My thoughts are that Meta has been a little late to the wallet game. Other big techs such as Apple and Google have taken the game to the next with a wide range of functionalities in their wallets e.g. payments, personal ID, personalised services and others.
However, Apple and Google target more of the fiat world and from Zuckerberg’s comments, it seems like Meta Pay will be more of a digital wallet for the crypto and the web3 world. And even here we have strong players e.g. MetaMask, Coinbase wallet and others that purely specialise in crypto.
I believe competition will be quite tough for Meta in the payments and wallet markets. Meta could potentially limit other wallets in its metaverse and other platforms such as Instagram, WhatsApp or metaverse. But wouldn’t it be against the user’s interest to be made to use what providers make you use?
According to TechCrunch Zuckerberg’s comments come a few weeks after Meta’s head of fintech, Stephane Kasriel, said Meta is in the “very early stages” of considering what a single wallet experience may look like. He said that in terms of its early thinking, Meta is looking at how you can prove who you are and carry that identity into different experiences in the metaverse.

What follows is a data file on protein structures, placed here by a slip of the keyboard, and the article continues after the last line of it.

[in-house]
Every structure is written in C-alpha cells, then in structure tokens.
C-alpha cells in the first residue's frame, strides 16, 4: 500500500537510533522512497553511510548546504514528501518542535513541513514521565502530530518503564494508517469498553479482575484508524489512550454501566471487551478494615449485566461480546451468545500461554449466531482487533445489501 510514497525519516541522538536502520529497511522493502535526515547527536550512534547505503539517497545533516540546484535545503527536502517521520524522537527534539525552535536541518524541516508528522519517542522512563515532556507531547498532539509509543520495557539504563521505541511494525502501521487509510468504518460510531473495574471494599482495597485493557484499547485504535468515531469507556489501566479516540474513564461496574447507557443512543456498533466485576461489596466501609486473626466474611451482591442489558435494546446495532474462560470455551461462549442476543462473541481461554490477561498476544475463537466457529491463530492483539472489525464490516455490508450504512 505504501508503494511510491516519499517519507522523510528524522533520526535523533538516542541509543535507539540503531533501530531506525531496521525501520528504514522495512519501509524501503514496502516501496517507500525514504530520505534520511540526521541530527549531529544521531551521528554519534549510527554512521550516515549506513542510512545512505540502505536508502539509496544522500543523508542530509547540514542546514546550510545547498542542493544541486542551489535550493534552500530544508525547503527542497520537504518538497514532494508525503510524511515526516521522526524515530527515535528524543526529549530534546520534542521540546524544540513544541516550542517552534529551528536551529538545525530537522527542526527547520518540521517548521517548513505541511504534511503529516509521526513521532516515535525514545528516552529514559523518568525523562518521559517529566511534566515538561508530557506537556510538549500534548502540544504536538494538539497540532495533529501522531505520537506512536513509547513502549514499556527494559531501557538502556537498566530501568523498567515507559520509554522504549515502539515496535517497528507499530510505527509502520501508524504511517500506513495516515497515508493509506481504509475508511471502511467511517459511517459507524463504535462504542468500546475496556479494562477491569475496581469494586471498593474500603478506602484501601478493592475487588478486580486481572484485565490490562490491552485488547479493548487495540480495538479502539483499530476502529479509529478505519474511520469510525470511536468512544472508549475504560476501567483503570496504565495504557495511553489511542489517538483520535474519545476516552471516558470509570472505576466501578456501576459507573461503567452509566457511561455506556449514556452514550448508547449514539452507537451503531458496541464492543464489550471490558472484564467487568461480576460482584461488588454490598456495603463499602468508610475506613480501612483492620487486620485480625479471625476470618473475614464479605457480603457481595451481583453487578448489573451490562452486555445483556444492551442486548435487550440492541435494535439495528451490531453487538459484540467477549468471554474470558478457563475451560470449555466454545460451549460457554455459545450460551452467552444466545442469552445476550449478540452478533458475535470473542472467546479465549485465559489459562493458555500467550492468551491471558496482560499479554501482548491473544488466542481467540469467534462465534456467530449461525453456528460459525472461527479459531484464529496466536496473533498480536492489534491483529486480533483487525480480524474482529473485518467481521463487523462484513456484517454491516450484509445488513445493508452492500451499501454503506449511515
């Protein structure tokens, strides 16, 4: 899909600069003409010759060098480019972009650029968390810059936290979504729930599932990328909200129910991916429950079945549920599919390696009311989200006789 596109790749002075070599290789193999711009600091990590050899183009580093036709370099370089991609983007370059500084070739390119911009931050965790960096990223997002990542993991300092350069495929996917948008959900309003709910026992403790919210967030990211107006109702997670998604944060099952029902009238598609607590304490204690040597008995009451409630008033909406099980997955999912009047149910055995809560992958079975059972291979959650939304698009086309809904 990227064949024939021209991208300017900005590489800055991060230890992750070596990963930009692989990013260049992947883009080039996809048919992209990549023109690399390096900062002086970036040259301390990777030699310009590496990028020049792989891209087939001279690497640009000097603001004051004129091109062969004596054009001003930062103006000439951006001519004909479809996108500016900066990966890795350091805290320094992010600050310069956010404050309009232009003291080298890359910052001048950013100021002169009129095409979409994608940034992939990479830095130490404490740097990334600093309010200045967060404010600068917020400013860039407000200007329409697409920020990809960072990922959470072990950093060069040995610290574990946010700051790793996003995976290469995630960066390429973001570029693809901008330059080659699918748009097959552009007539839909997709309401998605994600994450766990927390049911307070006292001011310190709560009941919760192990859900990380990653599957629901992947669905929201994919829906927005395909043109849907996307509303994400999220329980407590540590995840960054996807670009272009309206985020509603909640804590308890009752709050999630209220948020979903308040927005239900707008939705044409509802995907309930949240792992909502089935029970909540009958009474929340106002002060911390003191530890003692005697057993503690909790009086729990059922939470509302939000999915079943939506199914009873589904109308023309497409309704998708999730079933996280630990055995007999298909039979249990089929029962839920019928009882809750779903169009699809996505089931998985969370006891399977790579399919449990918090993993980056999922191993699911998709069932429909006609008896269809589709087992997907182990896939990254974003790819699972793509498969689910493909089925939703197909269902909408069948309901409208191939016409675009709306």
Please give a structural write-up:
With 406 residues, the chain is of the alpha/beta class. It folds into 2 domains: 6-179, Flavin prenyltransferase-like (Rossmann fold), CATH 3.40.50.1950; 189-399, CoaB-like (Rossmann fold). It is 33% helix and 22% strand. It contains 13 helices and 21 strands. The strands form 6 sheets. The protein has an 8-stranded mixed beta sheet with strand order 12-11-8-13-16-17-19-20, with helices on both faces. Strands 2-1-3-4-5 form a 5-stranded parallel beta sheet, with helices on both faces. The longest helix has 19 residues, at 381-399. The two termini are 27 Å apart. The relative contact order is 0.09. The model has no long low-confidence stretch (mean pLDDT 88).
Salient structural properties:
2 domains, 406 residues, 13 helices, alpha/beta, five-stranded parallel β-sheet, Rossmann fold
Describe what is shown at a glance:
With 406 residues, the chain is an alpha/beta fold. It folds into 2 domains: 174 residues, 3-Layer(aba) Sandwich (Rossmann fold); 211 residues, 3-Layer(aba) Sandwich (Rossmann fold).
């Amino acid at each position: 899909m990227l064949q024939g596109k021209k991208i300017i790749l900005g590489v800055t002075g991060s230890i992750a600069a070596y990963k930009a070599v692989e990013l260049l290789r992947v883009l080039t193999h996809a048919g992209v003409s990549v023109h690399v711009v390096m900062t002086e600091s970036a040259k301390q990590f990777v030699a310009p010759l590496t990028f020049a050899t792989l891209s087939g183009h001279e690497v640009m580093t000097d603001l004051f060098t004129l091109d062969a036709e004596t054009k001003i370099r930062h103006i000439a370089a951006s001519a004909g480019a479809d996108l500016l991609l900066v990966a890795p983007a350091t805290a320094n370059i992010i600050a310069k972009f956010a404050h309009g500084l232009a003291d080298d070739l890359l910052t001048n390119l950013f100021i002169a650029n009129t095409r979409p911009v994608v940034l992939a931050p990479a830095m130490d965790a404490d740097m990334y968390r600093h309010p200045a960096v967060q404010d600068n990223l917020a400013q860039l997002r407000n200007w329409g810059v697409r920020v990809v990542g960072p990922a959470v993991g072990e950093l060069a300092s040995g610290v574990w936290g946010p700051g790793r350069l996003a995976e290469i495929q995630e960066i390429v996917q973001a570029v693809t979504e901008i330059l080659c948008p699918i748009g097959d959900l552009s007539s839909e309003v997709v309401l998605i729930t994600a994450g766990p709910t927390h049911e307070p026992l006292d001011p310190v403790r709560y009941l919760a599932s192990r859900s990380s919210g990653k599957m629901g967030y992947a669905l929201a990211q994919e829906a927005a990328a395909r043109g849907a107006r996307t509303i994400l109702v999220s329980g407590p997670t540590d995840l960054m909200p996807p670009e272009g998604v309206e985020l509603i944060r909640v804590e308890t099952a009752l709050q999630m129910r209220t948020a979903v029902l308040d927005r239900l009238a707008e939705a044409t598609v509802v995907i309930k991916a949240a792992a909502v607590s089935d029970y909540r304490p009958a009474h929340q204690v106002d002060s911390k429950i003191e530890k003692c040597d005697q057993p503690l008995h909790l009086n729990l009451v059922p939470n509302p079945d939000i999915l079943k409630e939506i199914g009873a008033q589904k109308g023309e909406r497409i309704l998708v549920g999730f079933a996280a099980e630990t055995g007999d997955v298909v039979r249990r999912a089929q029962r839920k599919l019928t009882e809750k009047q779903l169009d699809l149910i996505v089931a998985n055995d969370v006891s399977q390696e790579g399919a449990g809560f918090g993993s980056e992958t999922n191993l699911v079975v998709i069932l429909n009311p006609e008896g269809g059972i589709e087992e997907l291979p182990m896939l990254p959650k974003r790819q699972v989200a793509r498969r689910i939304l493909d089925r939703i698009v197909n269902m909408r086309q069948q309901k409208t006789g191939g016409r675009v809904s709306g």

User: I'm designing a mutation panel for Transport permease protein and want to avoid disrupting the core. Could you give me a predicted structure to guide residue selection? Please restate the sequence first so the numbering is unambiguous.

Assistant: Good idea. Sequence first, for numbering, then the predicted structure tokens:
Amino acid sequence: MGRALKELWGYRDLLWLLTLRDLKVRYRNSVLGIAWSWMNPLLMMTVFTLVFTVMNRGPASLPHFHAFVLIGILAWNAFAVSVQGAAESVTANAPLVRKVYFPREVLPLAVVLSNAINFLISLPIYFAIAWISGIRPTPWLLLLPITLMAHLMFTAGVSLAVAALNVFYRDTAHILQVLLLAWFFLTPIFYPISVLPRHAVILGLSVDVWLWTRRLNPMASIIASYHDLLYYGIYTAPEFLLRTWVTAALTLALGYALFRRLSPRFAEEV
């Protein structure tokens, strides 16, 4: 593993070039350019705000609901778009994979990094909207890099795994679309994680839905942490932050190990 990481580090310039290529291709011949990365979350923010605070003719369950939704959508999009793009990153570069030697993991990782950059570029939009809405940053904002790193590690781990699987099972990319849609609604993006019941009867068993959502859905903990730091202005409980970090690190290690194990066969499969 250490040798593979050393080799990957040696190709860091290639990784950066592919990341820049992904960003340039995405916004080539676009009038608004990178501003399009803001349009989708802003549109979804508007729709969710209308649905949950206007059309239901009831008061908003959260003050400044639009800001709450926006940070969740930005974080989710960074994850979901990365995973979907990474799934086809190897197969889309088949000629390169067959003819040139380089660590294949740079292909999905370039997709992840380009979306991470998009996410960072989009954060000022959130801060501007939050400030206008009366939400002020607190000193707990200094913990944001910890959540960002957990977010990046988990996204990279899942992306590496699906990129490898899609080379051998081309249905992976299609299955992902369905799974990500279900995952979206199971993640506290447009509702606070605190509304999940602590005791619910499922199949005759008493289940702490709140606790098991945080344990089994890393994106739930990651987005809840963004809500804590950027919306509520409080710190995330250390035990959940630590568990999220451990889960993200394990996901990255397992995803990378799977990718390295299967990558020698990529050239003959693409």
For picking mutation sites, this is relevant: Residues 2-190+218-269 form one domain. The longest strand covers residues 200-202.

Source: Techcrunch and Personal thoughts
CBDCs, Not Crypto, Will Be Cornerstone of Future Monetary System, BIS Says
Crypto’s structural flaws make it an unsuitable basis for a monetary system, according to the Bank for International Settlements — BIS (BIS). Instead, monetary systems could be built around central bank digital currencies (CBDCs), which are digital representations of central bank money.
The BIS, an association of the world’s major central banks, dedicates a 42-page chapter in its “2022 Annual Economic Report” to laying out a blueprint for the future of the global monetary system. In that vision, there is room for only some of crypto’s underlying technical features, like programmability and tokenization, not for cryptocurrencies themselves.
“Our broad conclusion is captured in the motto, ‘Anything that crypto can do, CBDCs can do better,’” said Hyun Song Shin, an economic adviser and head of research at the BIS, during a press briefing on Monday.
The chapter, which will be published Tuesday ahead of the full report, identifies a number of limitations of crypto, including the lack of a stable nominal anchor. In monetary policy that is a variable — such as a currency peg — that can be used to control price levels.